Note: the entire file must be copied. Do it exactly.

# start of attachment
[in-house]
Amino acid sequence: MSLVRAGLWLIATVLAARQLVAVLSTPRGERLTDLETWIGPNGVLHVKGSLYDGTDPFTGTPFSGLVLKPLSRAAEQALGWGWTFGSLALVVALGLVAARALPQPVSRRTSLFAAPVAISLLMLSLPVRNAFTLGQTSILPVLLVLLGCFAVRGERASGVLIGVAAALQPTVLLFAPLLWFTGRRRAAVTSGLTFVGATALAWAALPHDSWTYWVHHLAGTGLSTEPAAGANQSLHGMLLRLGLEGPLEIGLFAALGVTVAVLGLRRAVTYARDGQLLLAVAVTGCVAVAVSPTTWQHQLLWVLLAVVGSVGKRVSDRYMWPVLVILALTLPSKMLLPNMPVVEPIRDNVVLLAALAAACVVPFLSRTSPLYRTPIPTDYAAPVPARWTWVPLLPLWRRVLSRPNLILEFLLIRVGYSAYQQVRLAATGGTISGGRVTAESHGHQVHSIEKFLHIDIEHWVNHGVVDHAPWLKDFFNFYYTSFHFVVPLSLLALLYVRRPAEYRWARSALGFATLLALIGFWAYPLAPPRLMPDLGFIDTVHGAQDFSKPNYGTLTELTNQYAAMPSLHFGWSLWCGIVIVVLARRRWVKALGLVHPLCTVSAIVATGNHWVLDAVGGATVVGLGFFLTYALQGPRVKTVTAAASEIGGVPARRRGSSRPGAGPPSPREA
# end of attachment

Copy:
[in-house]
Amino acid sequence: MSLVRAGLWLIATVLAARQLVAVLSTPRGERLTDLETWIGPNGVLHVKGSLYDGTDPFTGTPFSGLVLKPLSRAAEQALGWGWTFGSLALVVALGLVAARALPQPVSRRTSLFAAPVAISLLMLSLPVRNAFTLGQTSILPVLLVLLGCFAVRGERASGVLIGVAAALQPTVLLFAPLLWFTGRRRAAVTSGLTFVGATALAWAALPHDSWTYWVHHLAGTGLSTEPAAGANQSLHGMLLRLGLEGPLEIGLFAALGVTVAVLGLRRAVTYARDGQLLLAVAVTGCVAVAVSPTTWQHQLLWVLLAVVGSVGKRVSDRYMWPVLVILALTLPSKMLLPNMPVVEPIRDNVVLLAALAAACVVPFLSRTSPLYRTPIPTDYAAPVPARWTWVPLLPLWRRVLSRPNLILEFLLIRVGYSAYQQVRLAATGGTISGGRVTAESHGHQVHSIEKFLHIDIEHWVNHGVVDHAPWLKDFFNFYYTSFHFVVPLSLLALLYVRRPAEYRWARSALGFATLLALIGFWAYPLAPPRLMPDLGFIDTVHGAQDFSKPNYGTLTELTNQYAAMPSLHFGWSLWCGIVIVVLARRRWVKALGLVHPLCTVSAIVATGNHWVLDAVGGATVVGLGFFLTYALQGPRVKTVTAAASEIGGVPARRRGSSRPGAGPPSPREA